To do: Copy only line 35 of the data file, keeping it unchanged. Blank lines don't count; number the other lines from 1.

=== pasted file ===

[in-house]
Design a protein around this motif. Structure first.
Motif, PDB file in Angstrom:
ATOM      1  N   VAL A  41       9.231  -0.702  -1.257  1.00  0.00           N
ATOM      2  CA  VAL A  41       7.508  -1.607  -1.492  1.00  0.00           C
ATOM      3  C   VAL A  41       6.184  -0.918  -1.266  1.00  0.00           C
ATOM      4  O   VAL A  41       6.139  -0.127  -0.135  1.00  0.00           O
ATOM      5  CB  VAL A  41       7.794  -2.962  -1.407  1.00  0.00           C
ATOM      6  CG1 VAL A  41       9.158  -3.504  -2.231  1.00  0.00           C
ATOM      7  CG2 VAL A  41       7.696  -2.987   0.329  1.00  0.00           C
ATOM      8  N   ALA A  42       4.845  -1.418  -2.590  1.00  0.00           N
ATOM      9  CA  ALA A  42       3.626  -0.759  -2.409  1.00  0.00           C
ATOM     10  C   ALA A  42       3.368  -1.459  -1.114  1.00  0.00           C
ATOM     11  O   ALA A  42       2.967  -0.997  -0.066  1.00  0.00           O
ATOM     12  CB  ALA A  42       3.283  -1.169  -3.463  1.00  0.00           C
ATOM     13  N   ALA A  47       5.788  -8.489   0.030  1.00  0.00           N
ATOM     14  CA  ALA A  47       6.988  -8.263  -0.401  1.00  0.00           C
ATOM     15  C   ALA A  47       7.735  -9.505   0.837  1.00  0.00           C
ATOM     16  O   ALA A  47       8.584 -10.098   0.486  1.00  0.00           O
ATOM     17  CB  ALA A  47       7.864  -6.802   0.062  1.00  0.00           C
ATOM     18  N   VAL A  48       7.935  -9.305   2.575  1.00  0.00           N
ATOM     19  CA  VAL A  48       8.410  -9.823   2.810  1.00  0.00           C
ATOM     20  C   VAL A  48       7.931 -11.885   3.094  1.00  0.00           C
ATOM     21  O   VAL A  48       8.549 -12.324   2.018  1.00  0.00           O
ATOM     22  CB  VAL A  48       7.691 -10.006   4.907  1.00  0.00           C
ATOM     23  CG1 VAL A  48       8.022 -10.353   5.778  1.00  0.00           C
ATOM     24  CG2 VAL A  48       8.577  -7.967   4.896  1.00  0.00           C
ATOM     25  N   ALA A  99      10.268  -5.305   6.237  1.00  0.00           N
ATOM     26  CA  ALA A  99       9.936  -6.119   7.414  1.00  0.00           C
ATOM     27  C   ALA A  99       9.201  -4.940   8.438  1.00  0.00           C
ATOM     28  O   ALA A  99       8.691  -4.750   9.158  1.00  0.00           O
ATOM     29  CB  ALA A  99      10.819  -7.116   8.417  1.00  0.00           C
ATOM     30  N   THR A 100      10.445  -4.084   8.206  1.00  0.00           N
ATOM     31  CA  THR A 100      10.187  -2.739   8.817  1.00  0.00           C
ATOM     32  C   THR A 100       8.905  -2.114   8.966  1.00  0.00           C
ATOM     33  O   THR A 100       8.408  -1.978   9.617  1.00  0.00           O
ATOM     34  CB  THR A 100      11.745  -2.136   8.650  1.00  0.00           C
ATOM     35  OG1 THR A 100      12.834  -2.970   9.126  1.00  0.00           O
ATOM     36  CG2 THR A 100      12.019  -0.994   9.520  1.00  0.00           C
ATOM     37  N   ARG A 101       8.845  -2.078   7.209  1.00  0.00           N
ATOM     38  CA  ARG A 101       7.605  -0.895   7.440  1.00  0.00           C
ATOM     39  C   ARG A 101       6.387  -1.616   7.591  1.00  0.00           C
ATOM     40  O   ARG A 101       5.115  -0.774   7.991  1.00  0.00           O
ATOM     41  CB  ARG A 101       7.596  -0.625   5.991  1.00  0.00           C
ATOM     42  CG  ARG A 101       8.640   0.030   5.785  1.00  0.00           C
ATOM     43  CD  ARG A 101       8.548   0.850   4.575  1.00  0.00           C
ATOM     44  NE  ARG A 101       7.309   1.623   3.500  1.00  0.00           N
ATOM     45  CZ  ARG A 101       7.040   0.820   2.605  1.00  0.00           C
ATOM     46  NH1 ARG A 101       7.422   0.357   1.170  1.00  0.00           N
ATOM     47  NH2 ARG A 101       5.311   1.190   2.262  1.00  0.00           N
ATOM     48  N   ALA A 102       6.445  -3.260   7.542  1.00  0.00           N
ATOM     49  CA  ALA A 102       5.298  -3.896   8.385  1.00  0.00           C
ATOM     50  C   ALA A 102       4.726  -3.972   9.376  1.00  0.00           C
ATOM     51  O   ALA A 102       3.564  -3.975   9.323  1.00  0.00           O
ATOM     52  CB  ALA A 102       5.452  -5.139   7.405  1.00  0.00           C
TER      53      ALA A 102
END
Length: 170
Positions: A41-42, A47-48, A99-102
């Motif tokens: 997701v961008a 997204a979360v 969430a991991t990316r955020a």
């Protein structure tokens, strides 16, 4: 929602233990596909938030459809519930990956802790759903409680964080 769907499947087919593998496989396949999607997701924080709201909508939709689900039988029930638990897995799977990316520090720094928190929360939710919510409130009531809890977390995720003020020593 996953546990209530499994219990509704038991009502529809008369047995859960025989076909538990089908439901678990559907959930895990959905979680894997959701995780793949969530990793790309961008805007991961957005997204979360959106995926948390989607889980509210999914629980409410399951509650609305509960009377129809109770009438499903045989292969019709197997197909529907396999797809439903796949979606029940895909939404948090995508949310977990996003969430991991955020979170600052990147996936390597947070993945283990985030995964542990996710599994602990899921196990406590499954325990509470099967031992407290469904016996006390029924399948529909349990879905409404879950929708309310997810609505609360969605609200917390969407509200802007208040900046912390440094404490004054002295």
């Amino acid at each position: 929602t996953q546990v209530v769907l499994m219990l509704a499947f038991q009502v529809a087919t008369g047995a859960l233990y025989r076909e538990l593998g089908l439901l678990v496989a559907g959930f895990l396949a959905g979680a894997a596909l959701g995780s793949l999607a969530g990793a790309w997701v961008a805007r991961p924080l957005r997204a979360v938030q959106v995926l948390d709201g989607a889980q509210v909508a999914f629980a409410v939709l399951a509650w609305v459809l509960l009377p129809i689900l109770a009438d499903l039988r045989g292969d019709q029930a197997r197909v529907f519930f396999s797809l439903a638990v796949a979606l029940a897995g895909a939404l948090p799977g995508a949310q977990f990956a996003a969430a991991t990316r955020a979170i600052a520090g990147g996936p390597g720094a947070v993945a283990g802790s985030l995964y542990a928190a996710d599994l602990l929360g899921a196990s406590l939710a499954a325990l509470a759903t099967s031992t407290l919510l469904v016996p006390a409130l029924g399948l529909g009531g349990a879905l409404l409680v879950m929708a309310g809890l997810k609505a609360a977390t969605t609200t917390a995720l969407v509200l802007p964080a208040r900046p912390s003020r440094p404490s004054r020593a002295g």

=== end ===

ATOM     32  C   THR A 100       8.905  -2.114   8.966  1.00  0.00           C